As illustrated in FIGS. 1 and 2, and in greater detail in FIG. 7, preheating component 16 includes a pair of upper and lower block-like elements 70, 72 adapted to apply heat to opposite sides of thickened zipper closure 28 of film F in the areas thereof to be severed and sealed. Also, component 16 includes a pair of upper and lower guide elements 74, 76 having respective peripheral grooves or recesses 78, 80 adapted to receive zipper closure 28 therebetween in order to guide the same in alignment with heat-applying block-like elements 70, 72. An arm 82 supports upper block-like element 70 for pivotal movement toward and away from lower block-like element 72 which is stationarily supported by an arm 84. A lever 86 rotatably supports upper guide element 74 for pivotal movement toward and away from lower guide element 76 which is also rotatably supported by arm 84. The upper and lower block-like elements 70, 72 and corresponding upper and lower guide elements 74, 76, being located downstream of the elements 70, 72, are respectively disposed on opposite sides of film F. At least one and preferably both of the block-like elements are heated by any suitable means.
FIGS. 8-10 illustrate an improved embodiment of the preheating component over the embodiment of FIG. 7. The preheating component 16A of FIGS. 8-10 has substantially the same basic makeup as that of FIG. 7; however, now both the upper and lower block-like elements 70, 72 are supported on respective pairs of upper and lower pivotal arms 88, 90.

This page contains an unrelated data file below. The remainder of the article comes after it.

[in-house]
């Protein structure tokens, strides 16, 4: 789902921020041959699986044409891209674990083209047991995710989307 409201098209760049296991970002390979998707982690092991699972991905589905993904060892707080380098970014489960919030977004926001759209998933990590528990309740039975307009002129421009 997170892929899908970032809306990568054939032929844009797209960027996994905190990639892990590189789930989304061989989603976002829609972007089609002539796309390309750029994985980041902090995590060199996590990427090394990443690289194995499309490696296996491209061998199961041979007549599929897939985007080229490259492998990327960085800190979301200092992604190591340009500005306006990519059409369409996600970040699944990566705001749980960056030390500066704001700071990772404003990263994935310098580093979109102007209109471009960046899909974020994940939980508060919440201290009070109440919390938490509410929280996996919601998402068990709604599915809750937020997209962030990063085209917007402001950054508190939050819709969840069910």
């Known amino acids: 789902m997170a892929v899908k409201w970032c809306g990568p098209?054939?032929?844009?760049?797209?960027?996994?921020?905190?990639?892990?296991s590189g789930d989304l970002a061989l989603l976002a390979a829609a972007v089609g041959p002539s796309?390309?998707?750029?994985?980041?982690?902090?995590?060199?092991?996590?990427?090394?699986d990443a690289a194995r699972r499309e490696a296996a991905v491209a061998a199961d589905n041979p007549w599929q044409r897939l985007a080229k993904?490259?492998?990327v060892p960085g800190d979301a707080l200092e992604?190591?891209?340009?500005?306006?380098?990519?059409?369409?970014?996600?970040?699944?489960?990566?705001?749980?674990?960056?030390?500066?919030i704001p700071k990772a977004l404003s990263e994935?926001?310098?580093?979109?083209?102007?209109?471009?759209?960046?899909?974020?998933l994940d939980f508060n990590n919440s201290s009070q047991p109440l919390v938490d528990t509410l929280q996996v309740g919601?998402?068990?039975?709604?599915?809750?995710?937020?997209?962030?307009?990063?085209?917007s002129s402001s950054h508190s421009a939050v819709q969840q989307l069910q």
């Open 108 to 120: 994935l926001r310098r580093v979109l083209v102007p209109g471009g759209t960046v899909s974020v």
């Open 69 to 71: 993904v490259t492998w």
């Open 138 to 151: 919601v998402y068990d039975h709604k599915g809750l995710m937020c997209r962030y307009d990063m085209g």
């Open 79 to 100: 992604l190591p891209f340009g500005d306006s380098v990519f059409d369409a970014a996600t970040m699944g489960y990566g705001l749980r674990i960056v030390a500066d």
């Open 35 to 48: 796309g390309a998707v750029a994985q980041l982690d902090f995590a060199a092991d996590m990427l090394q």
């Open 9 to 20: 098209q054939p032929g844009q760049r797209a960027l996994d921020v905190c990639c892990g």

More particularly, upper and lower arms 88, 90 are mounted at the same respective ends for pivotal movement toward and away from one another and support the respective block-like elements 70, 72 at locations spaced from the same respective ends thereof. The preheating component 16A also includes actuator means disposed adjacent the ends of arms 88, 90 and is operable to cause the pivotal movement of the arms and block-like elements 70, 72 therewith toward and away from one another. The upper and lower arms 88, 90 have defined thereon, at the same ends thereof, oppositely inclined upper and lower cam lobes 96, 98. The actuating means includes an actuator 100 operable for movement between extended and retracted positions, and a wedge element 102 connected to actuator 100 and disposed between cam lobes 96, 98 on arms 88, 90. The wedge element 102 is engaged with cam lobes 96, 98 for causing pivotal movement of arms 88, 90 away from one another and permitting pivotal movement of the arms toward one another upon movement of actuator 100 correspondingly between its extended and retracted positions. A spring 104 interconnects the arms 88, 90 at the same opposite ends thereof and biases the same for pivotal movement toward one another. The upper and lower levers 92, 94 are mounted at the same respective ends for pivotal movement toward and away from one another and rotatably support the respective guide elements 74, 76 at the same respective opposite ends thereof. A spring 106 interconnects the levers 92, 94 and biases the same for pivotal movement toward one another.
The advantage of the embodiment of the preheating component 16A of FIGS. 8-10 over the embodiment of the component 16 of FIG. 7 is that it allows retraction of the heated block-like elements 70, 72 away from the film material when apparatus 10 is stopped. Whereas retraction is achieved by using the wedge element 102, the same end effect could be achieved by using individual air cylinders. The preheating componoent 16 or 16A improves the seals at the opposite end 32 of the zipper closure 28 while minimizing leaks through the profile.